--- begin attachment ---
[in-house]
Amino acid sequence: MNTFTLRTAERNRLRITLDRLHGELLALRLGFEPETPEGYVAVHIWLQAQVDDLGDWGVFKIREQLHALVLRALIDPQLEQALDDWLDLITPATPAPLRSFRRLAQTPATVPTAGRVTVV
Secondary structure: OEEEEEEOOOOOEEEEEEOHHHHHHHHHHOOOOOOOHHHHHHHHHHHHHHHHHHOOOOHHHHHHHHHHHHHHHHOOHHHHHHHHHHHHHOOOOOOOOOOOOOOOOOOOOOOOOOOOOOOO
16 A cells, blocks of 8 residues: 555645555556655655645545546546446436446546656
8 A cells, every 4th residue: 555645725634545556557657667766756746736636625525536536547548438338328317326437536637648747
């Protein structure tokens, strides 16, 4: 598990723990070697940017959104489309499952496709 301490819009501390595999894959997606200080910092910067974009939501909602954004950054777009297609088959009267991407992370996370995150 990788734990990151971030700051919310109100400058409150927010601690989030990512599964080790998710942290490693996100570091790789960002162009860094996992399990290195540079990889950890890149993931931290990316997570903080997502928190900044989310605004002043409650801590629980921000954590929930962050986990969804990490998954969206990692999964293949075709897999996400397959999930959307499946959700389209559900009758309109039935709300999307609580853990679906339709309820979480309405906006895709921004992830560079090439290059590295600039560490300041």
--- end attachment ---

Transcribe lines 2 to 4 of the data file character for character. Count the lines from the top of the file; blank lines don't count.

Amino acid sequence: MNTFTLRTAERNRLRITLDRLHGELLALRLGFEPETPEGYVAVHIWLQAQVDDLGDWGVFKIREQLHALVLRALIDPQLEQALDDWLDLITPATPAPLRSFRRLAQTPATVPTAGRVTVV
Secondary structure: OEEEEEEOOOOOEEEEEEOHHHHHHHHHHOOOOOOOHHHHHHHHHHHHHHHHHHOOOOHHHHHHHHHHHHHHHHOOHHHHHHHHHHHHHOOOOOOOOOOOOOOOOOOOOOOOOOOOOOOO
16 A cells, blocks of 8 residues: 555645555556655655645545546546446436446546656